Saudi Arabia, the United Arab Emirates, Kuwait and Qatar should act immediately to prevent a famine caused by humans which is currently sweeping across their borders. On Monday the world’s leaders will gather to discuss Yemen’s future. It is reported that the United Nations is warning that nearly $4 billion dollars need to be in order to keep Yemen’s aid program overloaded. In the past, malnutrition has reached record levels. Around 50,000 people are basically being starving to death. If we don’t get a serious infusion of cash it is possible that the world will soon see a complete food shortage of historic proportions.
It was hard to imagine that things could get any worse but they did. It’s getting even worse. This year , nearly half of the country’s 30 million inhabitants will be hungry. Many thousands of children mostly only barely a few years old are suffering from severe malnutrition that their bodies are gradually becoming weak.
This is not due to an earthquake or a drought. Manmade policies and war cause this widespread hunger. We have learned from our experience in Somalia shows us that when the term of famine is applied the situation is already a disaster. The people of Yemen have been left for more than six years without adequate food and have lost many unidentified numbers and irreparably affected the development of a whole generation.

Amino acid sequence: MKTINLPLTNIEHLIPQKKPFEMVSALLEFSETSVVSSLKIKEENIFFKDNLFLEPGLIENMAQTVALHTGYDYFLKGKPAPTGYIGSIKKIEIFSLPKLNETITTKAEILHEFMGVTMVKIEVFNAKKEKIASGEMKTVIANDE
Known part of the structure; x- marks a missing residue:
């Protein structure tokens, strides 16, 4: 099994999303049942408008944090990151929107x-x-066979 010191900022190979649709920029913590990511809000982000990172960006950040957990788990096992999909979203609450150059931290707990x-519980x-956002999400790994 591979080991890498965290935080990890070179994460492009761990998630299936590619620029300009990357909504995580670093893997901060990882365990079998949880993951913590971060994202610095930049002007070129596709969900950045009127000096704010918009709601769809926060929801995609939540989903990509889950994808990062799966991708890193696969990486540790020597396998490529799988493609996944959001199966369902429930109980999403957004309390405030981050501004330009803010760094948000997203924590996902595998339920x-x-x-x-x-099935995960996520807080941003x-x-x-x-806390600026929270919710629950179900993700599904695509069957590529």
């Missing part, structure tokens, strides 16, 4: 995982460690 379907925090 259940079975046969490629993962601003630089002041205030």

My group spoke out after that trip in the year 2017. When a warning about famine released a year later we were relieved that the international community responded quickly. The funding was quickly increased with the help of Gulf countries. The relief efforts were boosted. The aid was channeled into Yemen’s economy. The threat of famine was avoided.
Now, fast forward to 2021 and Yemen is once again being pushed to the brink. However, this time the necessary financing hasn’t materialised.The consequences of this could be measured in the lives of. 9 million of those who depend on food aid for survival receive only food rations that are half full. In the midst of a global epidemic, the supply of water for fifteen major cities has been cut in half.
The most remarkable things about this region of the globe is the way generosity to other people is considered an act of worship. In Yemen there are tens thousand of citizens have been sheltered from dying or starvation by strangers and neighbors. Farmers have offered shelter to floods of people fleeing bombs and bullets. Families have offered clothing and food and thousands of Yemenis have offered their homes to people in dire need.